Excerpt: The world has gone zombie mad nowadays and there is very rarely a day goes by when a new zombie book/movie/game/fanart etc hasn’t reared its head somewhere. So how do you try and provide something original in the world of zombie fascination? Get Tequila Works to design a well rehearsed, beautifully crafted 2.5D platform, side scrolling adventure/horror called Deadlight – phew! When playing Deadlight for the first time a few things will be instantly noticeable.
Conclusion: It was such a breathe of fresh air from anything that I had been playing so it was very welcome. I completed the game in around 3 and half hours. For anyone on the fence about Deadlight I would recommend trying out the demo. If your still unsure wait til it goes on DotW because this game should not be missed.
Excerpt: I’ve experienced a recent string of bad luck when it comes to XBOX Arcade games. Those I’ve tried have been puzzling, choppy, and simply ineffective in their attempts to engage me. Deadlight is not like other XBOX Arcade games. Developer, Tequila Games, took a risk by focusing their efforts on creating a compelling story and unique visuals with only a few gameplay actions to propel the character from one side of the game to the other. The best part? It totally worked.
Deadlight sets a poetic survival-horror tone but stumbles with melodramatic writing (review)
26 September 2012
Conclusion: Beautiful scenery The visuals are simply stunning. Each detailed scene includes moving parts, smoke, destroyed buildings, ruined factory machinery, and shambling zombies. Environments include enough cues to make puzzles feel solvable, and they — aside from two specific areas — involve only a modicum of practice to complete. Cheesy acting and dialogue The excessive melodrama in the writing is only exacerbated by the voiceover work.
Pros: Thematic mechanics Avoiding zombies is an art form rarely explored in video games, and Deadlight’s focus on sparse ammunition, restricted weaponry, and a very human stamina mechanic is a welcome one. The gameplay is compelling enough and moves from stage to stage with visual grace and charm. The running, jumping, melee, and firearm animations are smooth, fluid, and thematically constrained. Combat is an option in every section but rarely recommended. The axe, once fou...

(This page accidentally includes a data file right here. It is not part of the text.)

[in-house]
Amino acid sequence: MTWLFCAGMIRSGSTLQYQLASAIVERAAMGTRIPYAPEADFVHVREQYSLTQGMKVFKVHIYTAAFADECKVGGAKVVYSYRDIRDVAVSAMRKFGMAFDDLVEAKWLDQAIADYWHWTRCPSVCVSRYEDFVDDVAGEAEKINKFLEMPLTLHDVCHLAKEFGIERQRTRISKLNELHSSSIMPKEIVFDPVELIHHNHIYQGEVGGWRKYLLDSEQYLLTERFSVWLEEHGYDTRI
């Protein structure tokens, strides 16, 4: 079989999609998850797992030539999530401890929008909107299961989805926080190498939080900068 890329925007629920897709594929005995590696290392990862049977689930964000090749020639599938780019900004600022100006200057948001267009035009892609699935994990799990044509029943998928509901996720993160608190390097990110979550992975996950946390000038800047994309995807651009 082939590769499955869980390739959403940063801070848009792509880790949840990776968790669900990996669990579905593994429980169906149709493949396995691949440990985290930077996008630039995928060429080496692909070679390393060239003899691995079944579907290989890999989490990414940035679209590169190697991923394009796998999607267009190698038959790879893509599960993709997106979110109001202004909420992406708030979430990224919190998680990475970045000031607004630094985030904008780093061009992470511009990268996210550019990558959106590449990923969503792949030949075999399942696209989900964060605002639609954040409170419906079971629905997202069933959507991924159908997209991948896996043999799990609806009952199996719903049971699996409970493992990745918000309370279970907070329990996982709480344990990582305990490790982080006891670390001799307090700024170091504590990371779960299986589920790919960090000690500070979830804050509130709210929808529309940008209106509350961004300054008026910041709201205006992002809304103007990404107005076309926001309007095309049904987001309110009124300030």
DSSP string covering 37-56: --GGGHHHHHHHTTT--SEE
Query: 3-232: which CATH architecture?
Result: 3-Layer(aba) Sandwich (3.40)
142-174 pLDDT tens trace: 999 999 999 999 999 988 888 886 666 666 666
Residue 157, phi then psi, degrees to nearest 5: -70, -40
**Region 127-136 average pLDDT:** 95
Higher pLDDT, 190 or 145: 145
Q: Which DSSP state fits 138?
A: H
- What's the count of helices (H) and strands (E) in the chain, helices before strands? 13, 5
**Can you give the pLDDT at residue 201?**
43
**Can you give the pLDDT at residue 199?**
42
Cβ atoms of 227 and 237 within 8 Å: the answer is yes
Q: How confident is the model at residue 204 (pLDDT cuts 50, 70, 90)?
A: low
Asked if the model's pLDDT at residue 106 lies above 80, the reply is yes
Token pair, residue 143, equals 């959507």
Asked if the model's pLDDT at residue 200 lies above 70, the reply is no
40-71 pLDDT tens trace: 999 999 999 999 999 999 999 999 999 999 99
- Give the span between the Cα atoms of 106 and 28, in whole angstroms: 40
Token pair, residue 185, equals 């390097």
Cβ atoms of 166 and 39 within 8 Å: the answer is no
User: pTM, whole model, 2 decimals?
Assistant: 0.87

Cons: Cheesy acting and dialogue The excessive melodrama in the writing is only exacerbated by the voiceover work. Randall Wayne’s actor turns in a particularly egregious two-dimensional performance that only hits the notes of “intense” and “very intense” in both reactions and expository internal monologue. At one point, he utters, “Darkness doesn’t exist. What we call darkness is the light we cannot see.” Wait, what? Show, don’t tell Just blaming the voice work would be to...
Excerpt: Over the last few years I've played more than a few games featuring zombies, but Deadlight's arresting vistas, intriguing aesthetic and glossy animations should be more than enough to persuade most to have another dalliance with the walking dead. To put it bluntly, Deadlight is a joy in motion.
Summary: " Deadlight " is an odd one. It has a superb opening act that I loved every single minute of. The story, action and pacing are just superb. Unfortunately the second act is mostly rubbish, before an action-packed final chapter that brings back a better story, but struggles under the controls available to the player. Ultimately though, just to experience the dark and unique story, Deadlight is well worth the price of admission.
Excerpt: As a concept, Deadlight appeals to me more than crack cocaine does to a junkie trapped in rehab. Just look at all the dainty ingredients Spanish developer Tequila Works has thrown into the mix! What you have here is a 2.5D side-scroller that not only borrows Limbo's art style, but also its brand of physics puzzles. All this is set against a dystopian, post-apocalyptic backdrop featuring the best plot/gameplay element known to mankind—zombies!
Excerpt: When the zombie apocalypse comes, gamers will be prepared. We’ll see the first reanimated corpses biting humans, identify them as zombies, swiftly decapitate them and stop the epidemic in its tracks. Alien invasions, time travellers inadvertently allowing the Soviet Union to invade Europe… we’ve got the solutions all figured out, so rest easy.
Summary: Zombies are still intensely popular despite their over-saturation in recent years, and developers are faced with a constant struggle to profit off our fascination with them in fresh and outstanding ways. Every now and then, one plucky studio succeeds, reigniting our adoration for the undead when we were just about sick of shambling cannibals. Deadlight looked to be the next game to do it.
Violent undead puzzle platformer set in apocalyptic world.
Common Sense Media
13 September 2012
Summary: Parents need to know that Deadlight is a downloadable platform adventure game designed explicitly for older audiences. It contains a bit of profanity, but the graphic violence is what earned this one an M-rating from the ESRB. Players use an axe and a pistol to fend off attacking zombies, and blood splashes are depicted in silhouette as the undead take damage. That said, violence is typically a player's last resort.